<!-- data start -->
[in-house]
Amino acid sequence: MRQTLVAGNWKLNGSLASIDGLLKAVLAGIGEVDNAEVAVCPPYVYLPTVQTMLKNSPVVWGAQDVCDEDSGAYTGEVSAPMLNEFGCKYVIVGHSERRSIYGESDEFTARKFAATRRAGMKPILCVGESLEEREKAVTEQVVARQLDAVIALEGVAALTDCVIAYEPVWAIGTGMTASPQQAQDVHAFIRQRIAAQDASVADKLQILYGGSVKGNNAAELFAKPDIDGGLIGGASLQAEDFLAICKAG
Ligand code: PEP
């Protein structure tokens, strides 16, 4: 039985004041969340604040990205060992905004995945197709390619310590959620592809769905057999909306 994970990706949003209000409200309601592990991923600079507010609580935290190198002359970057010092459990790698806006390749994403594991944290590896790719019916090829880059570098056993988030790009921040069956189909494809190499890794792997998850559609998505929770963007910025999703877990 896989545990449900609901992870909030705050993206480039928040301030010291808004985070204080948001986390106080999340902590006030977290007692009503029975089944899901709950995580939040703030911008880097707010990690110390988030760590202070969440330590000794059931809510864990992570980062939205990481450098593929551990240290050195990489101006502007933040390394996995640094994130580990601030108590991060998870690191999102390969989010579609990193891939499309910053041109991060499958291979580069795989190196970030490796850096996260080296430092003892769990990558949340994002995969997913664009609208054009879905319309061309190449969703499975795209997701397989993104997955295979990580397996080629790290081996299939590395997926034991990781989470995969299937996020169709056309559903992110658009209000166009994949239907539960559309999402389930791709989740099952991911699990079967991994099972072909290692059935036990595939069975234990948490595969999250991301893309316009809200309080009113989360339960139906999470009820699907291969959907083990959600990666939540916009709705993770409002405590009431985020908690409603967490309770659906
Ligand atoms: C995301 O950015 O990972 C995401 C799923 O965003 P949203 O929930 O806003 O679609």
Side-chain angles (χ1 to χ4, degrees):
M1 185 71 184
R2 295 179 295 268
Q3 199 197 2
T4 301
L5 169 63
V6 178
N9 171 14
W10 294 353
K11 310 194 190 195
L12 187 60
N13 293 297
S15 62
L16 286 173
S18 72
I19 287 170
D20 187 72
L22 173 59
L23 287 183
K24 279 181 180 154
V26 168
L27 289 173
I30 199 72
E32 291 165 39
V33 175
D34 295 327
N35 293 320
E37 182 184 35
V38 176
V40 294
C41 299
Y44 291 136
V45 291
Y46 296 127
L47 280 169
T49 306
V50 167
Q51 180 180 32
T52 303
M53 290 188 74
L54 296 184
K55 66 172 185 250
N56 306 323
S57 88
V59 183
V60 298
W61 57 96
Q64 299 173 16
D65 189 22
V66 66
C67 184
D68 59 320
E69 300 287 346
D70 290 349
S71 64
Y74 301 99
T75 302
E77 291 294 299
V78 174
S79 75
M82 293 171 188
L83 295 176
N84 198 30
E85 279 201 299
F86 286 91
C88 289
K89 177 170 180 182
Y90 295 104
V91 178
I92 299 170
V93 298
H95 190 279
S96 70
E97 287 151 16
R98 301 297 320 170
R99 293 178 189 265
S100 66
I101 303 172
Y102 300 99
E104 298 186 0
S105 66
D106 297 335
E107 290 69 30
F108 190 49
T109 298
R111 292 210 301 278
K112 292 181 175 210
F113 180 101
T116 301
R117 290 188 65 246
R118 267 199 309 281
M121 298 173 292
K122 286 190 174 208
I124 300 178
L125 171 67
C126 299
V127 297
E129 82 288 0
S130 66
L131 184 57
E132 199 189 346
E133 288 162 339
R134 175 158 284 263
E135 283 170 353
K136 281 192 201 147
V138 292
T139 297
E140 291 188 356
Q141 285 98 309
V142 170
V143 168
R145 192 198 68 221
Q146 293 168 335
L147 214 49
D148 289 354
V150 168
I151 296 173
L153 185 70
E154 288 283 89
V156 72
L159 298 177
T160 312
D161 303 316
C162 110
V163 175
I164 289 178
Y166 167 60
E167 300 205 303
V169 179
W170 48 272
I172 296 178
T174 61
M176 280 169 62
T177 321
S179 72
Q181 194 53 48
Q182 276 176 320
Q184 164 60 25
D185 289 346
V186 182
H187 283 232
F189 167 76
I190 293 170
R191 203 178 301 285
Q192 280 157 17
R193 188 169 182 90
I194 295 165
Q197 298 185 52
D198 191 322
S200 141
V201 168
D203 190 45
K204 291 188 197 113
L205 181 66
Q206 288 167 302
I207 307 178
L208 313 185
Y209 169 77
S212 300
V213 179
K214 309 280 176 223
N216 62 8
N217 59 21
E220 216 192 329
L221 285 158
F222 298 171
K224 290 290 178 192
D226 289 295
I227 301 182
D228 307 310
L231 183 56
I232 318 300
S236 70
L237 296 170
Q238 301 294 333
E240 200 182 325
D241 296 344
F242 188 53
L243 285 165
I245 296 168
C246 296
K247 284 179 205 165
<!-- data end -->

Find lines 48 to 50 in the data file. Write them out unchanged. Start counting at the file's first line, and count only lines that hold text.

N56 306 323
S57 88
V59 183